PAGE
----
Light therapy is a popular treatment for many sleep related disorders including delayed sleep phase disorder, advanced sleep phase disorder, jet lag, and oversleeping. But you don’t need a sleep disorder to benefit from light therapy. Light therapy can help you stay alert throughout the day and help you wake up naturally feeling refreshed.
Your body’s circadian rhythm naturally associates bright light with alertness and darkness with sleepiness. By exposing yourself to bright light, you will feel more awake and alert.
Take a look at the Light Therapy article for more information regarding the uses of light therapy.
The NatureBright SunTouch is one of the best light boxes on the market, attested by the many five star reviews it has received on Amazon.
Bright light naturally makes us feel fresh and alert. During winter or when working shift work, you often miss out on natural daylight which can make you feel more depressed, tired, and can affect your sleep.
Normal artificial light isn’t bright enough to deliver the rejuvenating effects of light therapy. The intensity of light is measured in lux, where by 1 lux is roughly equivalent to the light provided by a full moon directly overhead. Normal house lighting tends to be around 50 lux, and office lighting can vary between 320 to 500 lux. An overcast day ranges from 100 to 1000 lux. This light box is 10,000 lux, representing that of a bright spring day.
A good time to use your light box is while eating breakfast in the morning to kick start your day. Don’t stare directly into the light just as you wouldn’t stare into the sun. Put it an arms length away from you diagonal to where you’re facing so the light baths your face with minimal glare.
Price: $53.15 | Buy from Amazon
Philips goLITE BLU
Traditional light boxes are big cumbersome white lamps, but this light box is a relatively small portable blue lamp. The light resembles the same blue you get on a bright clear summer’s day. Studies have shown that this type of light is more effective than normal white light or full spectrum lights.
To use, put the light box at arms length away from you, at the same height as your naval either in front of you or slightly to the side. Don’t look straight into the light, just as you wouldn’t look straight into the sun, but just let the light bath your face. Philips recommend you use it for around 15-45 minutes per day on the medium brightness setting, raising the brightness to a higher setting if your don’t feel the effects after a week.
Because it’s portable, you can use it anywhere around the house, in your kitchen while eating breakfast, in the lounge watching TV, or in your office while working. It comes with a travel case making it perfect for taking on holiday to alleviate jet lag to use in the hotel or on the flight.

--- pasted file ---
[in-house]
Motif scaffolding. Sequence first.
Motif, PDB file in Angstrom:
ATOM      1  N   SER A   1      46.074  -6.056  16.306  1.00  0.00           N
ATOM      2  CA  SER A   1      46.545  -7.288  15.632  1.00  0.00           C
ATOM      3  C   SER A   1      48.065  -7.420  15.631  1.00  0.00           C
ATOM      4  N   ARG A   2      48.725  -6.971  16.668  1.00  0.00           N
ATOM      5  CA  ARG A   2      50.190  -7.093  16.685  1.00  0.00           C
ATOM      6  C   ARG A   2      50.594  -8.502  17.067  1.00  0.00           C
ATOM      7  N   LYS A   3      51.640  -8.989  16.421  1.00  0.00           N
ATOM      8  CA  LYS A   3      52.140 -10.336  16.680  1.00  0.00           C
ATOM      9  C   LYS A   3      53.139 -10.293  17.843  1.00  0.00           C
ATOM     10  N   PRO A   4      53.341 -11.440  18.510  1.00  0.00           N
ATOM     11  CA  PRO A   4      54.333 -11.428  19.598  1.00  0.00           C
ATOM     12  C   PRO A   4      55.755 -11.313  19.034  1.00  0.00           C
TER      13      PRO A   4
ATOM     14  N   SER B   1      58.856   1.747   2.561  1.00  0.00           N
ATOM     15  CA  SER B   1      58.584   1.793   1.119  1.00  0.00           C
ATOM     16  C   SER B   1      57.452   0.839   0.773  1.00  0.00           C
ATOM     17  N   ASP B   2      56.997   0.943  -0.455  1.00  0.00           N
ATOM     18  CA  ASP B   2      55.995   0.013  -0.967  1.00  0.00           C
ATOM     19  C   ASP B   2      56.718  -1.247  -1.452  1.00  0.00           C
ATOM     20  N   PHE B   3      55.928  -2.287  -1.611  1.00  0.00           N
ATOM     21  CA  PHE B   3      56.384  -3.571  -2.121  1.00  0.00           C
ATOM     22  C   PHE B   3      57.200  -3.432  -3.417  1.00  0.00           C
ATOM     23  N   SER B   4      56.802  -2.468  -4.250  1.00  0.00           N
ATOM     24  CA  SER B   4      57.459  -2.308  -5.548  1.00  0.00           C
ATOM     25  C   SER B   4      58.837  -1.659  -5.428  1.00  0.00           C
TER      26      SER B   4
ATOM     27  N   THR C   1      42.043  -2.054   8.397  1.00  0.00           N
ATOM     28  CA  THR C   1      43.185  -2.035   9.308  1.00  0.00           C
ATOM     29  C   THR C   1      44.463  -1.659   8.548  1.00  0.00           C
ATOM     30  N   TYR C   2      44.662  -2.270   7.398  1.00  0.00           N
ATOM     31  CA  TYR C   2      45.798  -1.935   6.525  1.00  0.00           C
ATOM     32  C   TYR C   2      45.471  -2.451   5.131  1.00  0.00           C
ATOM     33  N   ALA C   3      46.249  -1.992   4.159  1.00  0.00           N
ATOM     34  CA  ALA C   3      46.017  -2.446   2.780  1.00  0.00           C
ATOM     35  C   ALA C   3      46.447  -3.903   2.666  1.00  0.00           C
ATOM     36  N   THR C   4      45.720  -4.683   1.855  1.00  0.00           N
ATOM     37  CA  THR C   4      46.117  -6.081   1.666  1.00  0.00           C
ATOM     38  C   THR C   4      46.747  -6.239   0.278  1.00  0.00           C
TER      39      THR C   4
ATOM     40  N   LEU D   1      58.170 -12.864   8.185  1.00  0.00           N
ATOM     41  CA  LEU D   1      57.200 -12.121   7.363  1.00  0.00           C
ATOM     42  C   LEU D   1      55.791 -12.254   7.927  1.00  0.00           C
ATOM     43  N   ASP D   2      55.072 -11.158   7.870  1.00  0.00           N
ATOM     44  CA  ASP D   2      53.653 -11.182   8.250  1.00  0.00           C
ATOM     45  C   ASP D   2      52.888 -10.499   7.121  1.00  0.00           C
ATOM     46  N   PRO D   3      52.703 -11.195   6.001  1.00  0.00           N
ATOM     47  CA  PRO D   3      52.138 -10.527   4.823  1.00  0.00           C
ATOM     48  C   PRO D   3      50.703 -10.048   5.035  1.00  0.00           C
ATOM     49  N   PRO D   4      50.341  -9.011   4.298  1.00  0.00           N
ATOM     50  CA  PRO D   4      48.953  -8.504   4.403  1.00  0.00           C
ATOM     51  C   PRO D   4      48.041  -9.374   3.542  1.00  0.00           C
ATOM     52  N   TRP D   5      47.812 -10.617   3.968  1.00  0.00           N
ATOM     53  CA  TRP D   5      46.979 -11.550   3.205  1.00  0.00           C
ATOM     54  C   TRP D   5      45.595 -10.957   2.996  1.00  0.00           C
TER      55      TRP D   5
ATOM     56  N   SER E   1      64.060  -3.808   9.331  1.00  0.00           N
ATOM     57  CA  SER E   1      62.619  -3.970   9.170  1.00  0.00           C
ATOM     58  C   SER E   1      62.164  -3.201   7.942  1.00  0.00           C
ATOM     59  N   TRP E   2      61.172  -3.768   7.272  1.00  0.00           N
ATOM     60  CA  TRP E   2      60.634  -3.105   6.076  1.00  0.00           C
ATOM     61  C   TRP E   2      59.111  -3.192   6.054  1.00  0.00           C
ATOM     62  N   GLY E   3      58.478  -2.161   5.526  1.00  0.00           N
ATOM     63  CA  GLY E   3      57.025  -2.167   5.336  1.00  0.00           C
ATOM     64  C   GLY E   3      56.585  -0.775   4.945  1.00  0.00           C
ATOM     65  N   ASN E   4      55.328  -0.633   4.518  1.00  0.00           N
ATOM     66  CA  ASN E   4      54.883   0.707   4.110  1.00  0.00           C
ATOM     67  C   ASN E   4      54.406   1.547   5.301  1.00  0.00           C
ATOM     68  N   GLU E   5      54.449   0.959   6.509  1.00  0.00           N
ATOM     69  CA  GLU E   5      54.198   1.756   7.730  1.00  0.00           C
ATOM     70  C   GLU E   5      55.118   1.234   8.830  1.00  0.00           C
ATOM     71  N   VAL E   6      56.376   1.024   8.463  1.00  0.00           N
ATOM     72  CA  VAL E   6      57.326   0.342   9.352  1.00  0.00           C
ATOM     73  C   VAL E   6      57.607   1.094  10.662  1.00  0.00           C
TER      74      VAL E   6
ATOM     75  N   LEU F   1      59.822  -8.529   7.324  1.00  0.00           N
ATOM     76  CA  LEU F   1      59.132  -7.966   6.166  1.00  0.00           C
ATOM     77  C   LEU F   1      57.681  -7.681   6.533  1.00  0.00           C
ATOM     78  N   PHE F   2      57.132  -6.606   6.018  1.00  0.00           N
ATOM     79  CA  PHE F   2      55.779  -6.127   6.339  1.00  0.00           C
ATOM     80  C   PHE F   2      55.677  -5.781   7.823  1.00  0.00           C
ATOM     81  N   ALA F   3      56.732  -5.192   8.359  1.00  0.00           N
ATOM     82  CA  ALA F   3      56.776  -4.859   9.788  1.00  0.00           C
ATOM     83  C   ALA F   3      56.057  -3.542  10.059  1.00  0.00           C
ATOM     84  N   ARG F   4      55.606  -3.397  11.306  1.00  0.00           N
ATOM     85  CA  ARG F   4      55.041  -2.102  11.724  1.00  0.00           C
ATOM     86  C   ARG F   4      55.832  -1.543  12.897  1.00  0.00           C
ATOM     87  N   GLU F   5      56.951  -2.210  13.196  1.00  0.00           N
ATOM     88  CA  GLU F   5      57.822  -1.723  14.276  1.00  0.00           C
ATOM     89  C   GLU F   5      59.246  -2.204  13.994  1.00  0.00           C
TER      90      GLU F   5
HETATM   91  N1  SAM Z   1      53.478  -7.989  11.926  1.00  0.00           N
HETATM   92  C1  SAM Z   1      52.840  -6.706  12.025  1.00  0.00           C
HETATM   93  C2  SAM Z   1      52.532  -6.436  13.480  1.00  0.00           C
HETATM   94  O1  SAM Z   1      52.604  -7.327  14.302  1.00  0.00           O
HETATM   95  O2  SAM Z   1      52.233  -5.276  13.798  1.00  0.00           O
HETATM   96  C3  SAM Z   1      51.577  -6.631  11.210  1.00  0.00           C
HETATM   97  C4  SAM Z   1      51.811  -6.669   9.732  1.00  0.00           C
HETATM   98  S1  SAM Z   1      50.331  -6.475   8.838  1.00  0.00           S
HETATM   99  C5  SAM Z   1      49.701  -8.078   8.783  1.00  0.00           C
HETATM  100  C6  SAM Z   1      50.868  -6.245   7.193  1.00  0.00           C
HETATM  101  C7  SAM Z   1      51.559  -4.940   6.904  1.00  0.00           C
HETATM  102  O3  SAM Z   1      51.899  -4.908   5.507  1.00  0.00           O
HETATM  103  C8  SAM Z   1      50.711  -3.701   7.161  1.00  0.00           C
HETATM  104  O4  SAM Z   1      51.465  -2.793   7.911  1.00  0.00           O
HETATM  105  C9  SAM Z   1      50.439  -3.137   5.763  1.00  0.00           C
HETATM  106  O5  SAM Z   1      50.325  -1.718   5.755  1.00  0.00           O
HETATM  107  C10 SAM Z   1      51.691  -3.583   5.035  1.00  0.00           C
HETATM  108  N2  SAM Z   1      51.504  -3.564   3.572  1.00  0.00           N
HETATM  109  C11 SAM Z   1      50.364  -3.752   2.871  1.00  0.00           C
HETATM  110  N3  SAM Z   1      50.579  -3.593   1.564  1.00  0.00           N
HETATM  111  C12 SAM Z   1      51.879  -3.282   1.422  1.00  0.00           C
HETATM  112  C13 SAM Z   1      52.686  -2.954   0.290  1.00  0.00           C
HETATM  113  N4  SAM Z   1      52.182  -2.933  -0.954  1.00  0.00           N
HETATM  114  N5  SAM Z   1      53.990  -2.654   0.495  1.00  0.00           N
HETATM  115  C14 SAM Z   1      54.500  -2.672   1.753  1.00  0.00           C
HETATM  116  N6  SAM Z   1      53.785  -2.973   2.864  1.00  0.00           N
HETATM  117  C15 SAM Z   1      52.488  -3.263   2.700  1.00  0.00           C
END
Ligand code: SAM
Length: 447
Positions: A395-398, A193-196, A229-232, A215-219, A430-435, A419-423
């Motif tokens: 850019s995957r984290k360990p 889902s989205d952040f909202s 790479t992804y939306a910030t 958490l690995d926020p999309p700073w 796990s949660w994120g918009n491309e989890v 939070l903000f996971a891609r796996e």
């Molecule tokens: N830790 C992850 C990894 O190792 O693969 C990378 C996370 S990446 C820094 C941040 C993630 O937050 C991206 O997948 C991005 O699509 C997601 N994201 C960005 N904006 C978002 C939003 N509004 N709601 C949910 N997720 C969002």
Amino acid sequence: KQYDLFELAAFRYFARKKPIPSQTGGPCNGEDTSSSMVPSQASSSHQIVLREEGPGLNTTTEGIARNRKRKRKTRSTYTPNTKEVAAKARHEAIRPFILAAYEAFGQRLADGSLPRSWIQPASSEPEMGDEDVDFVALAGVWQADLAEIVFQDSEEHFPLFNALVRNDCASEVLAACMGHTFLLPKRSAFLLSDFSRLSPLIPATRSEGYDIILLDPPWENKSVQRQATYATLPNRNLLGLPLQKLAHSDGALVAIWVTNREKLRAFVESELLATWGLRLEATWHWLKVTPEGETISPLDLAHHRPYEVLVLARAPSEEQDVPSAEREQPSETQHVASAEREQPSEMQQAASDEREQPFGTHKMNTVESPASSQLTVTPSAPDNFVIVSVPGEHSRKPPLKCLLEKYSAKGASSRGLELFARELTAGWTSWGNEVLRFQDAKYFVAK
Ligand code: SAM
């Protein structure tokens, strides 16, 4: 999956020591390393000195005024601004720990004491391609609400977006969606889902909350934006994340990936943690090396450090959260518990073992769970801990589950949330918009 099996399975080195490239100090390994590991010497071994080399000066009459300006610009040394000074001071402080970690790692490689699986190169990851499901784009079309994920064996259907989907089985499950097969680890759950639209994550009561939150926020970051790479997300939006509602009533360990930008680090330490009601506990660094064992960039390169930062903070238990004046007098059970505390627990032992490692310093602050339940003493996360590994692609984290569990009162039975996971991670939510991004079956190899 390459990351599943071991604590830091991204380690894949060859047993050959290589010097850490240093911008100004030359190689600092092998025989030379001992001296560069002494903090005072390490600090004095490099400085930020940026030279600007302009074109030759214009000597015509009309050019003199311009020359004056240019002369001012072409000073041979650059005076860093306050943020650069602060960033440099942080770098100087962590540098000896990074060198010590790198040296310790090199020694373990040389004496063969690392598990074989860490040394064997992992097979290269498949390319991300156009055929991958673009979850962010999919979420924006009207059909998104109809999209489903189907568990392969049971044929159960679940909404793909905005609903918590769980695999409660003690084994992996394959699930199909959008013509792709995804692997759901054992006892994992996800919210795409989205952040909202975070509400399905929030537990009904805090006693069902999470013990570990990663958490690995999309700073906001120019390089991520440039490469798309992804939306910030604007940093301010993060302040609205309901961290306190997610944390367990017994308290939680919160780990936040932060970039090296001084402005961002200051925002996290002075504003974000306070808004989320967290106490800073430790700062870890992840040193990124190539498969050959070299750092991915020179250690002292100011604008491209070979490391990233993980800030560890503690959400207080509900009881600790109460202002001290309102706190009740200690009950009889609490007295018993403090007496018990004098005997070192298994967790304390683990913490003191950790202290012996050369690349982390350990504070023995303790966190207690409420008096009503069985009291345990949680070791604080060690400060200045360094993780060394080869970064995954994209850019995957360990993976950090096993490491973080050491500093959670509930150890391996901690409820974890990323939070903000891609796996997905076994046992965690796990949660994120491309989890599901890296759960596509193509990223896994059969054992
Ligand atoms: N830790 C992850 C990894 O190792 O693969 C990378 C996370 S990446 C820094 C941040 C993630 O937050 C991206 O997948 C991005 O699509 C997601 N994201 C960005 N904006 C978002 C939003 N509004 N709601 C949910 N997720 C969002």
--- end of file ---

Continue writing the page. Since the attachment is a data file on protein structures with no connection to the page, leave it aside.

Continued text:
The downside is that because it’s a premium light box, it does come with a premium price tag. If portability or space-saving are not important to you, I would recommend taking a look at a more traditional lightbox such as the NatureBright SunTouch above.
Price: $134.99 | Buy from Amazon
Philips Wake Up Light
As humans we’re designed to naturally wake up when the sun rises. There is nothing worse than waking up in a dark room startled by a loud alarm.
This alarm clock uses your natural biological rhythms to ease you out of sleep and into gradual alertness.
This wake up light from Philips is a dawn simulator. 40 to 20 minutes before your wake up time the lamp turns itself on to its lowest brightness setting, a red dim glow. It slowly gets brighter, becoming a bright white light by the time you need to wake up. It then plays a choice of 6 natural sounds or you can listen to the radio.
The first light of the day is critical for setting your biological clock. Getting light as soon as you wake up positively affects your mood and alertness levels.
The Wake Up Light also features a dusk simulator, gradually fading the light. It can be set between 5 to 60 minutes. It’s a natural way to help your body prepare for sleep.
The Wake Up Light ideal for people with seasonal affective disorder, delayed sleep phase syndrome, people who have problems oversleeping, or just find it difficult to wake up in the morning.